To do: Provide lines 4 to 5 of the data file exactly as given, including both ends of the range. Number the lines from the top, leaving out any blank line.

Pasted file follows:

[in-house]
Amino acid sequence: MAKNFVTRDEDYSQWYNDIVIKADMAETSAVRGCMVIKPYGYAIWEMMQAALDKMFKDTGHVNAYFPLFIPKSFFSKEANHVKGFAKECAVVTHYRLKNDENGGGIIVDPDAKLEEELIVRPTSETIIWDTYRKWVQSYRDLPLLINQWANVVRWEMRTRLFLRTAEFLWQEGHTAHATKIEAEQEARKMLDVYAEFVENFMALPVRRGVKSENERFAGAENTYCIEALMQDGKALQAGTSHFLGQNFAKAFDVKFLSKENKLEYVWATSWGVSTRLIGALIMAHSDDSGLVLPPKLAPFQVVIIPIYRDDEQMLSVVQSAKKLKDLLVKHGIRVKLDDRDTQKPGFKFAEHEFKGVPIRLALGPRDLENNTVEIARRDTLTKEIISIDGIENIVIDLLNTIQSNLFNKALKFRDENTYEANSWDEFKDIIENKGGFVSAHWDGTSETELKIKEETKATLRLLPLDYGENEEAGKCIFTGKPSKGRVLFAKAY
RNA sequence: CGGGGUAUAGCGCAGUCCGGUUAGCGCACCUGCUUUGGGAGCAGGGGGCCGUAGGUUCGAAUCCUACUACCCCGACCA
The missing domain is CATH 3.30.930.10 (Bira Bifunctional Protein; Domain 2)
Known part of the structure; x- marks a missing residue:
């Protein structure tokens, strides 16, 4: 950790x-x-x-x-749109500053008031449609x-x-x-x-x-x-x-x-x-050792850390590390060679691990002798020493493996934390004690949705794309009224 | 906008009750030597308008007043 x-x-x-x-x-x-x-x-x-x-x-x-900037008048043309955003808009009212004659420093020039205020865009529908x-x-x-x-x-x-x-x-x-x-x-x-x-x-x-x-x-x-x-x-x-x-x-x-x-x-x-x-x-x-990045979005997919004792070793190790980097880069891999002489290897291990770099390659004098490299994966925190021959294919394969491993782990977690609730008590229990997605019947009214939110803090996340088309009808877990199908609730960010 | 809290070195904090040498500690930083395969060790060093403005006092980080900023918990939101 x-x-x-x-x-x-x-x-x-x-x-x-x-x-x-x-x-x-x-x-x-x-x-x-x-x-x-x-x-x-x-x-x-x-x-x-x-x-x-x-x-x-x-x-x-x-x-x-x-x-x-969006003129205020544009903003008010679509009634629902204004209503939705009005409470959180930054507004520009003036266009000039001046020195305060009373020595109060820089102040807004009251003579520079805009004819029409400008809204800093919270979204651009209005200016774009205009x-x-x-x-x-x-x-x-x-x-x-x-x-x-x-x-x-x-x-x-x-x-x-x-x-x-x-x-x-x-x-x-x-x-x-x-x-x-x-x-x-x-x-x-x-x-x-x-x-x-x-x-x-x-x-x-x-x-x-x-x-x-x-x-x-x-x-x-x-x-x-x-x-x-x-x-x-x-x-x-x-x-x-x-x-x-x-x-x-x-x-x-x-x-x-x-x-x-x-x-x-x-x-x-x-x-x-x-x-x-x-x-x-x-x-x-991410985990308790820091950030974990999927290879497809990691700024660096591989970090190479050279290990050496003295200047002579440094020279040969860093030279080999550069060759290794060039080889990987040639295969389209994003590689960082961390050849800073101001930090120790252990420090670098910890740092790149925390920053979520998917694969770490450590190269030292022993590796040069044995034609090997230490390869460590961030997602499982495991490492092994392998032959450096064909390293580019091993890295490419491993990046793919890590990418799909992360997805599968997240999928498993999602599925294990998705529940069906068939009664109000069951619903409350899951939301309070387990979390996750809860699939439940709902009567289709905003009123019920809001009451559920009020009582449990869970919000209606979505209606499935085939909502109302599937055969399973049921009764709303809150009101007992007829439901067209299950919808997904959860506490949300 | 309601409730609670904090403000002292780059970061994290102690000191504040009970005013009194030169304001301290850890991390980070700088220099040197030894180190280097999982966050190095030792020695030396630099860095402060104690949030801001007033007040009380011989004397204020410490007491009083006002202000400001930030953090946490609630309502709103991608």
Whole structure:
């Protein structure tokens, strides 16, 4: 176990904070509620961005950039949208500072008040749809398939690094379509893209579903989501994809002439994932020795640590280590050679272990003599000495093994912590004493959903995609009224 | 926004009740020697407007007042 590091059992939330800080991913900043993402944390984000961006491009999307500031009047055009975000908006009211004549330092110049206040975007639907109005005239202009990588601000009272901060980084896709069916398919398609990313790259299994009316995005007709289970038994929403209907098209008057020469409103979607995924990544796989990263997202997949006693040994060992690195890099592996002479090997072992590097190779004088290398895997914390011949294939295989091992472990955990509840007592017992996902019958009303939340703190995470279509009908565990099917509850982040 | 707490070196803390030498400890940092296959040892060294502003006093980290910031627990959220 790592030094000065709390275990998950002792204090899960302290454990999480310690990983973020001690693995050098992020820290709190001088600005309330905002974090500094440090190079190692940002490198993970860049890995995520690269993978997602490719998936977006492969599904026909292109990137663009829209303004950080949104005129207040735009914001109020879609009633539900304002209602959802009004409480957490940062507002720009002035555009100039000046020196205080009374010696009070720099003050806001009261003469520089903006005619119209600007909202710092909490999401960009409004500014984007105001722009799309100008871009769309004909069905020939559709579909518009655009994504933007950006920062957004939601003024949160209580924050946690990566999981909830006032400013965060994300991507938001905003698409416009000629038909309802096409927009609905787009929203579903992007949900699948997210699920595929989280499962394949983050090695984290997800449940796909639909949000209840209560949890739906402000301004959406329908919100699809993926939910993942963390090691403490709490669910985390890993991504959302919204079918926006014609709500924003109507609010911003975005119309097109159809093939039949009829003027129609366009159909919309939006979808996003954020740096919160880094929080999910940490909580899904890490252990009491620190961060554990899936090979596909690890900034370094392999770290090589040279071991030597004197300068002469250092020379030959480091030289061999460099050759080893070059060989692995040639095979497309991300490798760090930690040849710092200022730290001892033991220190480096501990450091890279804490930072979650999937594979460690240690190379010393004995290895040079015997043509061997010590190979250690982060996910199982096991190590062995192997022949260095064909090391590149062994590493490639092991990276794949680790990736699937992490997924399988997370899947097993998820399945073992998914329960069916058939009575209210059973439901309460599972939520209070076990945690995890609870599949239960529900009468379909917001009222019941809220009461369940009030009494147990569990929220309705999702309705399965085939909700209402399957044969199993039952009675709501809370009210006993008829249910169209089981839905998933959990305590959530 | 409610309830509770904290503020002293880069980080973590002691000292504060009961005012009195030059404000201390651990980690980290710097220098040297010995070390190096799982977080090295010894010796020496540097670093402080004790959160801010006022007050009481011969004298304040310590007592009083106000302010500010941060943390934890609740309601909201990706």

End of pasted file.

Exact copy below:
The missing domain is CATH 3.30.930.10 (Bira Bifunctional Protein; Domain 2)
Known part of the structure; x- marks a missing residue: